As I write this, one of my new friends is wrestling with anorexia. She is a beautiful, talented Christian girl who is a blessing to me and to many others. She knows it is wrong. She knows it is out of control. But she can’t stop herself. She’s been starving herself and exercising non-stop and taking slimming pills and laxatives. ECGs and blood tests show that she is now on the point of collapse. Her body is starting to eat itself.
But you know what? She’s one of the lucky ones. Because she’s been brave enough to get help. And many, many don’t make it that far.
Only yesterday we were talking and she admitted she didn’t think she had a problem. At worst, maybe had a few issues with food – but no more than many others. That may even be true. But today, she’s sitting, dazed in hospital, her world blown apart.
Eating disorders are serious. They’re not something you can dip your toe into. They will swallow you and everyone and everything you care about. Anorexia has the highest mortality rate of any mental illness. And very few, if any, of those who have starved themselves to death planned to die.
That’s one of the hardest things about mental health disorders. They lie to you. They tell you, you’re not sick. Or that you are sick – beyond help, beyond hope. Here’s a few more of the lies;
Lie 1. I’m not like other people. My body won’t pack in. I am indestructible, superhuman, inviolable. The more weight I lose, the stronger I feel.
The truth: Your body is the same as everyone else’s. You are not a special case. Your muscles are wasting, your heart is shrinking, your bones are crumbling. It doesn’t just happen to other people. It happens to you.
Lie 2. I can get over this by myself.
The truth: You can’t. Even if you had the strength to start eating and stop exercising, you would need help to work out how to manage those horrible feelings. This thing is bigger than you. You need other people to pick you up, to encourage you, to say no to those desires when you are too weak. You are a person who has needs. That is what it means to be human. Those needs can be met – but not by you. The safety of self is actually a coffin that is shrinking your life.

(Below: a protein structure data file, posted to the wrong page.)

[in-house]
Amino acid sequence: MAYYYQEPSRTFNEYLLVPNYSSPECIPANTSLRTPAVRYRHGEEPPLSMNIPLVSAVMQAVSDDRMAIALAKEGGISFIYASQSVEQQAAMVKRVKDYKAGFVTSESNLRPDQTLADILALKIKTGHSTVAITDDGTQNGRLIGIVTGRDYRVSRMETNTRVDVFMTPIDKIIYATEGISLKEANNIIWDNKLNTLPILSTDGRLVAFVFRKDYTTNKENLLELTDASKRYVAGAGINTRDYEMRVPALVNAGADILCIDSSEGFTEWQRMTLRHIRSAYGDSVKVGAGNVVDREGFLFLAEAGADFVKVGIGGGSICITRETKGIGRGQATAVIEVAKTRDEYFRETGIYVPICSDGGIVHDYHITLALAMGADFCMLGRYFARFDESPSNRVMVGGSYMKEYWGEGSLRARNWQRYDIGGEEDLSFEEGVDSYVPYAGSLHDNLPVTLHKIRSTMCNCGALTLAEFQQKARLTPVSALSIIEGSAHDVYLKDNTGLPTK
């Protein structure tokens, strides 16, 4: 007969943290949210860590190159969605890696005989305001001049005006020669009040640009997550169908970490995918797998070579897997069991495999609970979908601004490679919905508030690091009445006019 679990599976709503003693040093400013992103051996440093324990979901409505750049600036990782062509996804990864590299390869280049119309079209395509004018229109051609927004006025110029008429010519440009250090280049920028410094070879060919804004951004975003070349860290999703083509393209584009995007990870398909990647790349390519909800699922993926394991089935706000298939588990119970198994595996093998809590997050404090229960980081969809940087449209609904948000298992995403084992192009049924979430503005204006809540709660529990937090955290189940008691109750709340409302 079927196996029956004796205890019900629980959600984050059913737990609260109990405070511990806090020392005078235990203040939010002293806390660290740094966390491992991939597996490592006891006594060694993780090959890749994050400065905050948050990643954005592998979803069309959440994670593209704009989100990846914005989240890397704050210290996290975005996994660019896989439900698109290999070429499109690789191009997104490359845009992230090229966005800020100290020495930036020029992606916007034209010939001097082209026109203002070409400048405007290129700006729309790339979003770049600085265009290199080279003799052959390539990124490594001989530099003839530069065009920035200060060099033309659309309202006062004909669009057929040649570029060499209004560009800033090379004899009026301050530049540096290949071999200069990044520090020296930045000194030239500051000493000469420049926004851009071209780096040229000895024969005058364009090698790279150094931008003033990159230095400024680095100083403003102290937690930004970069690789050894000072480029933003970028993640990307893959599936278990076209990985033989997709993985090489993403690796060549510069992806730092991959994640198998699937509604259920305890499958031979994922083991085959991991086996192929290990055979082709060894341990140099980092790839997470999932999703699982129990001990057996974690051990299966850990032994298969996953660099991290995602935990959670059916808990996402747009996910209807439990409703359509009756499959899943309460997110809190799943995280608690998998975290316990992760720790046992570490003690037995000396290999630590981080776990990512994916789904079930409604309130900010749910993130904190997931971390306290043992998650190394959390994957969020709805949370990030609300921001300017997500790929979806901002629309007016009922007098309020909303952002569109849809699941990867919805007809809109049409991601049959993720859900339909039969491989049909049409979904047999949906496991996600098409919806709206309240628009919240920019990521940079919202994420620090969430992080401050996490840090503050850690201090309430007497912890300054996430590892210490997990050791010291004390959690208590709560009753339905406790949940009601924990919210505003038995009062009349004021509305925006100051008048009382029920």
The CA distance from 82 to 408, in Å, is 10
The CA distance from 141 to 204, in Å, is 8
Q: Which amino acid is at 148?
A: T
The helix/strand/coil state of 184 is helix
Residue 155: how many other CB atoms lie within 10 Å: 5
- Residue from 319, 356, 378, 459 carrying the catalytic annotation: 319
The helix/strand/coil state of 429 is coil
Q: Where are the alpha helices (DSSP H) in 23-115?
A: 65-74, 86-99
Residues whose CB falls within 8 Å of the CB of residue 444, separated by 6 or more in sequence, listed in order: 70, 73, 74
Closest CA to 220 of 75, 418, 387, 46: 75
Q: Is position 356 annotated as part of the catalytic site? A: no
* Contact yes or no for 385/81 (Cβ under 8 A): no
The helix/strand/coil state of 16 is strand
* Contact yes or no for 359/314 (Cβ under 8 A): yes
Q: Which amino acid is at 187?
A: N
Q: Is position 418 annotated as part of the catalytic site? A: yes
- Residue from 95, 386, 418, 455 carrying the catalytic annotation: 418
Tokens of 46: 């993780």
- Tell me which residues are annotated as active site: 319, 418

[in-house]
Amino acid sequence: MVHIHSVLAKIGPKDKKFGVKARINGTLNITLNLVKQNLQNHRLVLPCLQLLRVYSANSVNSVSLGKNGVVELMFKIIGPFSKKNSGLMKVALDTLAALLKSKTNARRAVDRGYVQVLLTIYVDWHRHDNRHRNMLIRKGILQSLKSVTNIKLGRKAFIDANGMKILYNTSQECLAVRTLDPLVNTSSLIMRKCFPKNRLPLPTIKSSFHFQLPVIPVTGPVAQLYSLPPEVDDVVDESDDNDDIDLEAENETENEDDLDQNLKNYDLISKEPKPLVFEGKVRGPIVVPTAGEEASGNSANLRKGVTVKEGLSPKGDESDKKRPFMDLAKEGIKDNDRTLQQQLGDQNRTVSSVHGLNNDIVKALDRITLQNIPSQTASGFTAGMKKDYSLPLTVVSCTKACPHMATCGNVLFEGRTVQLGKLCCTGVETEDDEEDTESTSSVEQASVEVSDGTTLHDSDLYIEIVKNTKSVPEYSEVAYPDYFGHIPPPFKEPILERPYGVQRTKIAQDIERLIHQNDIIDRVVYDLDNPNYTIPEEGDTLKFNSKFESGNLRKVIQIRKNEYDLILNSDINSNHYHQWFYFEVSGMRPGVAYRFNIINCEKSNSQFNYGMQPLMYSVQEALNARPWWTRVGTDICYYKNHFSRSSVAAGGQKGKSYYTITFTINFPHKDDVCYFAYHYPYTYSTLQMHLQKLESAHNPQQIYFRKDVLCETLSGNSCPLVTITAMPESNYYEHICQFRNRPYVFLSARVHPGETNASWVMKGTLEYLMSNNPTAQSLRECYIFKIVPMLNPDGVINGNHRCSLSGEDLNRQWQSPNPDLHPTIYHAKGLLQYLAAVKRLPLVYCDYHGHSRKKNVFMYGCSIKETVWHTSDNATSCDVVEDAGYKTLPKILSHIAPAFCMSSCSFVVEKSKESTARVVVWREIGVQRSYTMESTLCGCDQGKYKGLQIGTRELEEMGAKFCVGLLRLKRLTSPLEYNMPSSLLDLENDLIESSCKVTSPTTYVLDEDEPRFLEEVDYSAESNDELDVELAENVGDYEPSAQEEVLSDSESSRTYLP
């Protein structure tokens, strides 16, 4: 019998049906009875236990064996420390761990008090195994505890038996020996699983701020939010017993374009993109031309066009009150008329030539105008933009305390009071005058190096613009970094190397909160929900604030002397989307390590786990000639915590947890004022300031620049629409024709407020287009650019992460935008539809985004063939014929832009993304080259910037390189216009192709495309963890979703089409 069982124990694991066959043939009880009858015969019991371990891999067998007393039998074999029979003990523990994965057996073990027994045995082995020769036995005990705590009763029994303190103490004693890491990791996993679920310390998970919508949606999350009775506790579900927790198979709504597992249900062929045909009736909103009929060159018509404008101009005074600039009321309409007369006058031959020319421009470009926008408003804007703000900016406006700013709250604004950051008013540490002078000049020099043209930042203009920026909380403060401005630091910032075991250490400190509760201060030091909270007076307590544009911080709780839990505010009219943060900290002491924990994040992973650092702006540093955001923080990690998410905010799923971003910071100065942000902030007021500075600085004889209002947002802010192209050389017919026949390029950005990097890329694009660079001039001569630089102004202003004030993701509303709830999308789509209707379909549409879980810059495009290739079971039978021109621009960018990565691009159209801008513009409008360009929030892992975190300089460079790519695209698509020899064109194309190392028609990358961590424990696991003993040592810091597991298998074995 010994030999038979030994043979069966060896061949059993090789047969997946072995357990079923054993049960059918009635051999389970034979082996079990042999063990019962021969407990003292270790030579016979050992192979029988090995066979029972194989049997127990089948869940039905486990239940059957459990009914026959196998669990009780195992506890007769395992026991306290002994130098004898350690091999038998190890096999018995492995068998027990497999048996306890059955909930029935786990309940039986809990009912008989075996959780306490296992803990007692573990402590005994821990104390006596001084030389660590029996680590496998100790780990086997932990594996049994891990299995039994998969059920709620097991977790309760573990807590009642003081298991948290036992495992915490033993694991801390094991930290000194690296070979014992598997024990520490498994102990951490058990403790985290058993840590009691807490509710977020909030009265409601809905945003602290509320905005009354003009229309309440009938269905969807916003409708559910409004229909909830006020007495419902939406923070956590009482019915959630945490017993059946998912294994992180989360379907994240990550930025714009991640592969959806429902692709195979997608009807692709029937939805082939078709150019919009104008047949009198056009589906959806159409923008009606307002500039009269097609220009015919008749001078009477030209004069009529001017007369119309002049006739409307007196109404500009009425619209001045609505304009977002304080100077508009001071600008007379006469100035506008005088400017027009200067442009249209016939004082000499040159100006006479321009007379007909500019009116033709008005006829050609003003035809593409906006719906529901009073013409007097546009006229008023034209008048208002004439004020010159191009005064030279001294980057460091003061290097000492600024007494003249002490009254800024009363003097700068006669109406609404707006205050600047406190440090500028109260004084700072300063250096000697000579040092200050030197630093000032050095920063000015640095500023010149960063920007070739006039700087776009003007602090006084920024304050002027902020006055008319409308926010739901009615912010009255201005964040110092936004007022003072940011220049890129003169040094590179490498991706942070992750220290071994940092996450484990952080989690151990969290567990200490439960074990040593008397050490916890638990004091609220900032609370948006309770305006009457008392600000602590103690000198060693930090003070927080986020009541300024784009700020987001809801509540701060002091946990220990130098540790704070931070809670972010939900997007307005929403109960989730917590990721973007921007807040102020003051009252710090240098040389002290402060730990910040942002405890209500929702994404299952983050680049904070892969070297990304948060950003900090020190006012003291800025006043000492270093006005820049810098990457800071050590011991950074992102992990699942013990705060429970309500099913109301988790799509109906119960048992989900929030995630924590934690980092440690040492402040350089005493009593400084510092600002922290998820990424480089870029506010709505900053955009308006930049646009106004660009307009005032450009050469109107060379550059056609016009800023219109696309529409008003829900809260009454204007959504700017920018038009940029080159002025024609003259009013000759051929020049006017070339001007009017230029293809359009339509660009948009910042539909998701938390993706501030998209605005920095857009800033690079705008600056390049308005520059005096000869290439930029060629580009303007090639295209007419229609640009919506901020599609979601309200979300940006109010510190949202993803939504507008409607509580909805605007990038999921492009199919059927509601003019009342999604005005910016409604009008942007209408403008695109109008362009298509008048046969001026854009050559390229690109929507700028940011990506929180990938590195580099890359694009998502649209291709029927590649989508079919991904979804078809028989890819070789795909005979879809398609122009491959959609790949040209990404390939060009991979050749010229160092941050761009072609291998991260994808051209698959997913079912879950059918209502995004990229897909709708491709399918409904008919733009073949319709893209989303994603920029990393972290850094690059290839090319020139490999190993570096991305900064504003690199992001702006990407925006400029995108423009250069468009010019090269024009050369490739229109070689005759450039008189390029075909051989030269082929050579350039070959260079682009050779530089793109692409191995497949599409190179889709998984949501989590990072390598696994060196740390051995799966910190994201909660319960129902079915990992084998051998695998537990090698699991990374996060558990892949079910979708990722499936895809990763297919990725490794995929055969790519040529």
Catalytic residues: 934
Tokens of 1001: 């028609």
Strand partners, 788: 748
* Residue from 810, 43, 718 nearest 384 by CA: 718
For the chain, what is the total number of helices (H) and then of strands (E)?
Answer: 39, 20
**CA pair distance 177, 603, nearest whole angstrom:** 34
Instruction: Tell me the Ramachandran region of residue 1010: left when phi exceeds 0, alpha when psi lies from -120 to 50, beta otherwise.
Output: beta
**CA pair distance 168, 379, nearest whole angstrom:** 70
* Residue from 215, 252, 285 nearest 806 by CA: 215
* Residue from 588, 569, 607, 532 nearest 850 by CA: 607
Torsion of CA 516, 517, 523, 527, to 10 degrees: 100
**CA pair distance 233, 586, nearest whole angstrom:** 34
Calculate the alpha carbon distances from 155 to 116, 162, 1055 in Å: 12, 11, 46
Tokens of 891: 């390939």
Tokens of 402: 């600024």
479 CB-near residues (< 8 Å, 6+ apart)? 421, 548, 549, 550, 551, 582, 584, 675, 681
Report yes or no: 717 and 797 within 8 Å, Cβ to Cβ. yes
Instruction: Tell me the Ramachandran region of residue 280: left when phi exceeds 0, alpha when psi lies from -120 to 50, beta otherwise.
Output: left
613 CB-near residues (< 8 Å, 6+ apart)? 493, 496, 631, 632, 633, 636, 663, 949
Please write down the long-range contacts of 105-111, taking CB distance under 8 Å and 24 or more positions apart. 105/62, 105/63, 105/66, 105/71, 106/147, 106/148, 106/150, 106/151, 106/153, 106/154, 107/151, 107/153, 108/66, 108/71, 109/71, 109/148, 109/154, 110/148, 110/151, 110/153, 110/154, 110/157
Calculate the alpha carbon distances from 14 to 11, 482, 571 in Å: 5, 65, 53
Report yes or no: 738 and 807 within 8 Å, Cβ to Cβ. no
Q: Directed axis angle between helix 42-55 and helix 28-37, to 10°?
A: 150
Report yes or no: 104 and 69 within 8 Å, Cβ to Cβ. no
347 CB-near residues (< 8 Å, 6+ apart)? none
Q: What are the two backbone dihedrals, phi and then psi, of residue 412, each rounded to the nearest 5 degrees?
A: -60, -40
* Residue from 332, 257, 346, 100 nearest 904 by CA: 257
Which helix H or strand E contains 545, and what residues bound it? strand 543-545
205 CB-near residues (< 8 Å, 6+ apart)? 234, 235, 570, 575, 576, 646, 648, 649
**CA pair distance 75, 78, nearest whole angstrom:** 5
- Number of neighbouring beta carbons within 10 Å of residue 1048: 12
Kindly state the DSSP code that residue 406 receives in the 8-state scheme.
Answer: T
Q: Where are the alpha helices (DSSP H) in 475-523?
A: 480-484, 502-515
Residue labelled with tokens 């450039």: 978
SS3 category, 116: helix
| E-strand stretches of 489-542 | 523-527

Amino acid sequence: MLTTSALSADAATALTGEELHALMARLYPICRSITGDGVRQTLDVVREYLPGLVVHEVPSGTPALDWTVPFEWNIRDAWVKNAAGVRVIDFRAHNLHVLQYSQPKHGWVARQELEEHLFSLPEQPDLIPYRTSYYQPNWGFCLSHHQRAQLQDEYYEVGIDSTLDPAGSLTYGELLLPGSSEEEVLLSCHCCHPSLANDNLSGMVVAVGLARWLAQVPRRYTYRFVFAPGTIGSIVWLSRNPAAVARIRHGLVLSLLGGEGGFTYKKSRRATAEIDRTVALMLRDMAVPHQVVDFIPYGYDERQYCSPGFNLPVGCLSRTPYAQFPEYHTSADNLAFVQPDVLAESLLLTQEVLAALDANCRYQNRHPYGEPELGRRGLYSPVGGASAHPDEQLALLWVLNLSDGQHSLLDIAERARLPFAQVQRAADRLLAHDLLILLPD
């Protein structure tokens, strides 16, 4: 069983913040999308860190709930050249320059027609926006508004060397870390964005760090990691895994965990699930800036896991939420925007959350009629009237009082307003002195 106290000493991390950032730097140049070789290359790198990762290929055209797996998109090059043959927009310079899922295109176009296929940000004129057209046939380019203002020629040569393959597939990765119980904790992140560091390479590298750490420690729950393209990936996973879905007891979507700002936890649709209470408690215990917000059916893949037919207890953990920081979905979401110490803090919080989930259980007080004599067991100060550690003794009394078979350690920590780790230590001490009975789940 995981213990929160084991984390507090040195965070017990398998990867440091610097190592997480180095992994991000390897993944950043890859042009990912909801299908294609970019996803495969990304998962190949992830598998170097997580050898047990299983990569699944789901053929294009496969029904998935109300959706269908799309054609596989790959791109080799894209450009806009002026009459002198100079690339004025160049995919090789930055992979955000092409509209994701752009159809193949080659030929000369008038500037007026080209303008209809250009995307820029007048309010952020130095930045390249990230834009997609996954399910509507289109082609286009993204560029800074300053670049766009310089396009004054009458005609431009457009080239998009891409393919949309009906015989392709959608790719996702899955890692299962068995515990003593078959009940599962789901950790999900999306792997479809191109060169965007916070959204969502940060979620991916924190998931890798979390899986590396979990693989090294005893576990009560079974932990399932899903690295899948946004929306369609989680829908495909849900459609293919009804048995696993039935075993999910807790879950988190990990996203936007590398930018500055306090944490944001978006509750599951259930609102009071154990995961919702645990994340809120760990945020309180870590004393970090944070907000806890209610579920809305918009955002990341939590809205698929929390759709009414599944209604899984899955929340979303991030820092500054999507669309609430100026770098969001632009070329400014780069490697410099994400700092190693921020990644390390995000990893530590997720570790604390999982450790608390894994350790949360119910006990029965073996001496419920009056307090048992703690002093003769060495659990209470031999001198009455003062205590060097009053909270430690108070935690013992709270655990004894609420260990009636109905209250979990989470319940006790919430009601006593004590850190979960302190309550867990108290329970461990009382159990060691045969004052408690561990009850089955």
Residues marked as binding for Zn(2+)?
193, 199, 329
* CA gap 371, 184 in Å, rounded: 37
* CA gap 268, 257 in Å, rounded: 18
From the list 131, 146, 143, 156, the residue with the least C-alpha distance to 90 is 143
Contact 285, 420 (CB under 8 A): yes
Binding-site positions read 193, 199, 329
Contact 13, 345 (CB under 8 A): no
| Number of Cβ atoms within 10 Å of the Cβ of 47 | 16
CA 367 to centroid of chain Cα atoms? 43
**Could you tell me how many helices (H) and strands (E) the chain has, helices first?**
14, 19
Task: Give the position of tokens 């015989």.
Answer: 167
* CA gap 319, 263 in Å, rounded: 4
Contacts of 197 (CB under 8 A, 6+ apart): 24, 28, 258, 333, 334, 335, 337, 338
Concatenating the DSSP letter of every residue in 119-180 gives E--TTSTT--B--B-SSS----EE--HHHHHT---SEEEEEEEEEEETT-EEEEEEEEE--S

Lie 3. I’ve got plenty of time to think about getting help.
The truth: There is never going to be a good time. You don’t drift into recovery. The longer you leave it, the harder it gets. Eventually this will take its toll on your body – it is doing you damage now, today.
Lie 4. I don’t want to worry people.
The truth: People should be worried. So should you. Being human means taking up space. People want to help – and the greatest pain you can cause them is not to allow them to share this with you and to love and help you. That’s what is really worrying. That’s what really hurts.
Lie 5. I will lose control.
The truth: You are out of control. This is dominating your life. It is no life. It is controlling you. It is isolating you. It forces you to exercise, to push your body far beyond what it can bear. To wander round supermarkets, picking up foods and putting them down, even stealing food. To spend hours cooking food for others that you will never eat. To know the calorie content of every single morsel. To be unable to go out, to share fellowship with others, to break out of routines. To exist in a world that gets scarier and scarier and smaller and smaller. To sacrifice your friendships, your health, your personality, your life.
Lie 6. I can’t recover
The truth: You can. You are not alone. Many others have trodden this path and come through. There is life and light and hope. But you can’t do it alone. The Lord will help you and there are many others who will be with you every step of the way. Recovery does not happen overnight. It is really, really tough. But it means more than just putting on weight and still feeling rubbish. Real recovery includes physical healing – but it is about helping you to be whole emotionally and spiritually too. To find other ways of dealing with all those emotions. To know real peace and acceptance and life and relationships. The Lord can bring you out of this. He will never leave you. He will be with you every step of the way. And He cares about all of you, not just the number on the scales.
Lie 7: It’s not worth it.
The truth: It is. I promise. Beyond your wildest hopes.
You’ve only got one life. Please, please don’t throw it away.